Users display varying preferences for means of accessing information; some prefer browsing over sequential access (as would be the norm for accessing a scroll) or category driven access (as in thematic access to a library’s holdings through its catalogue). By facilitating both random and sequential access we are mimicking the access styles available to the user of the original manuscript. Any other access mechanisms, for instance keyword searches, are digital additions. For an overview of the evolution of random and sequential access in information systems please see Senko et al (1973).
The Boolean operator in use is ›AND‹, which means that both of the search terms must be found within a page for that facsimile image to be displayed. For instance, if the keyword search is »bread wine« a page with just ›bread‹ will not be returned as a result. For further reading see [27].
We used the GIMP software. More information can be found at: GIMP Developers: Homepage, [7].
World Wide Web Consortium: Extensible Mark-up Language (XML), 1999, [8].
World Wide Web Consortium: XML Schema, 2002 [9].
The notion of »the work«, and all language-artefacts, as abstract, unchanging and thus unrealisable is a theme that underlies much of our two papers. For a discussion of the hermeneutics of a document please see J. McGann/D. Buzzetti: (2006).
A hermeneutic spiral encapsulates the act of interpretation and understanding. Nothing that we examine is understood in isolation, but is rather understood in relation to what we know already and what it goes to compose. For instance, when we read a chapter in a book we have some notion of the book as a whole, which helps us to understand that chapter. This newly gained understanding then forms the basis for the next engagement – thus a spiral of understanding and interpretation is created. For an overview of the development of the concept please see Landa (2004).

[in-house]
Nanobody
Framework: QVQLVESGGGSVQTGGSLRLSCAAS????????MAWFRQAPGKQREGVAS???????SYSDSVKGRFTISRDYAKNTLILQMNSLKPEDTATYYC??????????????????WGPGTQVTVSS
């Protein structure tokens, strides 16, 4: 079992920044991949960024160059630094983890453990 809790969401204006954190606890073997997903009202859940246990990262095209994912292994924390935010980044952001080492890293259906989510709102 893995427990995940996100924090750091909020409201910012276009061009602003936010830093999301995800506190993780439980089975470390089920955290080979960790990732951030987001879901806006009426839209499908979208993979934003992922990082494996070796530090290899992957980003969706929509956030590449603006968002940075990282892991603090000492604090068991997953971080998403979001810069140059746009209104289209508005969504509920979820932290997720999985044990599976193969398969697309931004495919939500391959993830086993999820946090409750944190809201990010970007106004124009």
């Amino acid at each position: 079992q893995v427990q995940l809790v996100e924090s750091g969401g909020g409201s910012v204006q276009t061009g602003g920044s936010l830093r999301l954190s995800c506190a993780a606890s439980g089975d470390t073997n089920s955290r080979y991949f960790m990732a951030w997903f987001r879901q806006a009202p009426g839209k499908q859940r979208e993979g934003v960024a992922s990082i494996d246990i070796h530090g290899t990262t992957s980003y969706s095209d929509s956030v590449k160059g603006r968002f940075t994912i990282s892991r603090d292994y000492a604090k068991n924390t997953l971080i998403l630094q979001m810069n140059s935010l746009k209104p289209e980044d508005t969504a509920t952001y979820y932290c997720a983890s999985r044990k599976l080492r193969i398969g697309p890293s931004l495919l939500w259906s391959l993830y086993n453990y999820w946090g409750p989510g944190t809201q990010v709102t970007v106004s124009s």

Trees are just one of a number of data structures such as networks, linked lists and stacks. For a description of data structures and some definitions, please see Black (2004).
See section »Image Capture and Management« of this paper. A Use Case is a description of the interaction between a user and a system, along with the system’s behaviour, during the response to a specific user request. For further reading see: Object Management Group: UML Specification, [10].
Laurillard (2002).
Fedora Object XML (FOXML) is a similar XML standard developed by Fedora for recording digital objects. Each digital object in a Fedora repository is stored internally as FOXML. Consequently, it is recommended by Fedora to use FOXML for ingestion of digital objects into Fedora repositories as the XML is a complete duplicate of how the digital object is stored in Fedora, whereas Fedora METS requires Fedora to perform internal translation in order to convert the digital object into FOXML.
Metadata Encoding & Transmission Standard (METS) is a standard XML schema for describing the digital objects of a digital repository, their metadata and their administrative data within the repository. This common standard allows the ease of ingestion of digital objects amongst digital repositories. Fedora implements an extension of this standard known as Fedora METS, for recording Fedora specific features.
Fielding/Gettys/Mogul/Frystyk/Masinter/Leach/Berners-Lee (1999).
SOAP Version 1.2 Part 1: Messaging Framework (Second Edition), W3C Recommendation 27 April 2007, [19].
Rapid Application Development is a software development methodology where models and prototypes are designed and built in rapid iterations, thus allowing for the incorporation of refined requirements. James Martin introduced the concept in 1991. For further reading see his book of that date.
Dominick et al: (2000).